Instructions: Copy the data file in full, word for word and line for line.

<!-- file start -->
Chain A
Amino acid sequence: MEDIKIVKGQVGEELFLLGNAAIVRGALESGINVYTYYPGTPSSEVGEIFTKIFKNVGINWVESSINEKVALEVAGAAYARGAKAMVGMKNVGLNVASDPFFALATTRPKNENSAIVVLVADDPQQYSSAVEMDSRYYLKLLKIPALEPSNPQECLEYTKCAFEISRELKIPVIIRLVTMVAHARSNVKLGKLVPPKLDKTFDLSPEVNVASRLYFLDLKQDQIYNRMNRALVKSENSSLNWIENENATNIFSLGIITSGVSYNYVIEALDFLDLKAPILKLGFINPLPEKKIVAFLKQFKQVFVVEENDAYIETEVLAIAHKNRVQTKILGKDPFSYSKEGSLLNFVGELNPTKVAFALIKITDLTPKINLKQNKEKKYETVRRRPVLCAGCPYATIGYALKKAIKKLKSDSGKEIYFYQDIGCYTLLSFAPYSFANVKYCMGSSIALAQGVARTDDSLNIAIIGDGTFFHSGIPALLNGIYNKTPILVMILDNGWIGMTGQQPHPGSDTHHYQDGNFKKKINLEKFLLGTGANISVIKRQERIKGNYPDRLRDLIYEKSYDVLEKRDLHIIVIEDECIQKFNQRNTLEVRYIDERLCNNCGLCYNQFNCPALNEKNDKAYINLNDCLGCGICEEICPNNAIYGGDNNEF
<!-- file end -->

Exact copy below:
Chain A
Amino acid sequence: MEDIKIVKGQVGEELFLLGNAAIVRGALESGINVYTYYPGTPSSEVGEIFTKIFKNVGINWVESSINEKVALEVAGAAYARGAKAMVGMKNVGLNVASDPFFALATTRPKNENSAIVVLVADDPQQYSSAVEMDSRYYLKLLKIPALEPSNPQECLEYTKCAFEISRELKIPVIIRLVTMVAHARSNVKLGKLVPPKLDKTFDLSPEVNVASRLYFLDLKQDQIYNRMNRALVKSENSSLNWIENENATNIFSLGIITSGVSYNYVIEALDFLDLKAPILKLGFINPLPEKKIVAFLKQFKQVFVVEENDAYIETEVLAIAHKNRVQTKILGKDPFSYSKEGSLLNFVGELNPTKVAFALIKITDLTPKINLKQNKEKKYETVRRRPVLCAGCPYATIGYALKKAIKKLKSDSGKEIYFYQDIGCYTLLSFAPYSFANVKYCMGSSIALAQGVARTDDSLNIAIIGDGTFFHSGIPALLNGIYNKTPILVMILDNGWIGMTGQQPHPGSDTHHYQDGNFKKKINLEKFLLGTGANISVIKRQERIKGNYPDRLRDLIYEKSYDVLEKRDLHIIVIEDECIQKFNQRNTLEVRYIDERLCNNCGLCYNQFNCPALNEKNDKAYINLNDCLGCGICEEICPNNAIYGGDNNEF